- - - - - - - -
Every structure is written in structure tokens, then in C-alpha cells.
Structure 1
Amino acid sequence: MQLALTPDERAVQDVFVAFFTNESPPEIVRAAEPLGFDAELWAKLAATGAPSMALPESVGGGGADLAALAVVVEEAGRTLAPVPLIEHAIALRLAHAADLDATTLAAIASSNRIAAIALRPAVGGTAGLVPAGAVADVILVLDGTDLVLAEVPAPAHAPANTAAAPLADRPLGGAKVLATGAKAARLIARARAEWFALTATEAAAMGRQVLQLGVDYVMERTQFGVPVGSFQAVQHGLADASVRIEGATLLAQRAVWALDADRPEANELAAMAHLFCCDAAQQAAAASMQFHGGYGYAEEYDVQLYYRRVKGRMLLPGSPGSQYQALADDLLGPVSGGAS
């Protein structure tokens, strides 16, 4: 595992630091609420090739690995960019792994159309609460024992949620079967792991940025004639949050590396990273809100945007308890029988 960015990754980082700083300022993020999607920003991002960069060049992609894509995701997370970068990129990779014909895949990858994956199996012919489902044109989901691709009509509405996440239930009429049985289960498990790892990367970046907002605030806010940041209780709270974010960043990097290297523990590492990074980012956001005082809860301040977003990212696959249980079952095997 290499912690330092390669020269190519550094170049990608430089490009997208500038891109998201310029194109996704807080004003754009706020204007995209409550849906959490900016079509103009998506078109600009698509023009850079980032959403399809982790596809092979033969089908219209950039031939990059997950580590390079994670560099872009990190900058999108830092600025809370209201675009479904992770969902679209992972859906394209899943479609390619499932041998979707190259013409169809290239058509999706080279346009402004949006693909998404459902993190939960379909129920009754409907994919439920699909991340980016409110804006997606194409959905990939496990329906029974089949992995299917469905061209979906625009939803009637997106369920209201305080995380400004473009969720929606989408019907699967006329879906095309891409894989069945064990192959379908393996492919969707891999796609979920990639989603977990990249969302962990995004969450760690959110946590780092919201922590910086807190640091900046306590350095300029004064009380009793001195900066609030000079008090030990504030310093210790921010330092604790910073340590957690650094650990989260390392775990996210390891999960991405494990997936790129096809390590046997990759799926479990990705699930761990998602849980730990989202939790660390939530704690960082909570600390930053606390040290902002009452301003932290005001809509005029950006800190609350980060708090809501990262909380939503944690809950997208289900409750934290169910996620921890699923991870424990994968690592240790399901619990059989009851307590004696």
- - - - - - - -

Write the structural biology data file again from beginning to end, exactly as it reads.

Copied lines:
Every structure is written in structure tokens, then in C-alpha cells.
Structure 1
Amino acid sequence: MQLALTPDERAVQDVFVAFFTNESPPEIVRAAEPLGFDAELWAKLAATGAPSMALPESVGGGGADLAALAVVVEEAGRTLAPVPLIEHAIALRLAHAADLDATTLAAIASSNRIAAIALRPAVGGTAGLVPAGAVADVILVLDGTDLVLAEVPAPAHAPANTAAAPLADRPLGGAKVLATGAKAARLIARARAEWFALTATEAAAMGRQVLQLGVDYVMERTQFGVPVGSFQAVQHGLADASVRIEGATLLAQRAVWALDADRPEANELAAMAHLFCCDAAQQAAAASMQFHGGYGYAEEYDVQLYYRRVKGRMLLPGSPGSQYQALADDLLGPVSGGAS
């Protein structure tokens, strides 16, 4: 595992630091609420090739690995960019792994159309609460024992949620079967792991940025004639949050590396990273809100945007308890029988 960015990754980082700083300022993020999607920003991002960069060049992609894509995701997370970068990129990779014909895949990858994956199996012919489902044109989901691709009509509405996440239930009429049985289960498990790892990367970046907002605030806010940041209780709270974010960043990097290297523990590492990074980012956001005082809860301040977003990212696959249980079952095997 290499912690330092390669020269190519550094170049990608430089490009997208500038891109998201310029194109996704807080004003754009706020204007995209409550849906959490900016079509103009998506078109600009698509023009850079980032959403399809982790596809092979033969089908219209950039031939990059997950580590390079994670560099872009990190900058999108830092600025809370209201675009479904992770969902679209992972859906394209899943479609390619499932041998979707190259013409169809290239058509999706080279346009402004949006693909998404459902993190939960379909129920009754409907994919439920699909991340980016409110804006997606194409959905990939496990329906029974089949992995299917469905061209979906625009939803009637997106369920209201305080995380400004473009969720929606989408019907699967006329879906095309891409894989069945064990192959379908393996492919969707891999796609979920990639989603977990990249969302962990995004969450760690959110946590780092919201922590910086807190640091900046306590350095300029004064009380009793001195900066609030000079008090030990504030310093210790921010330092604790910073340590957690650094650990989260390392775990996210390891999960991405494990997936790129096809390590046997990759799926479990990705699930761990998602849980730990989202939790660390939530704690960082909570600390930053606390040290902002009452301003932290005001809509005029950006800190609350980060708090809501990262909380939503944690809950997208289900409750934290169910996620921890699923991870424990994968690592240790399901619990059989009851307590004696």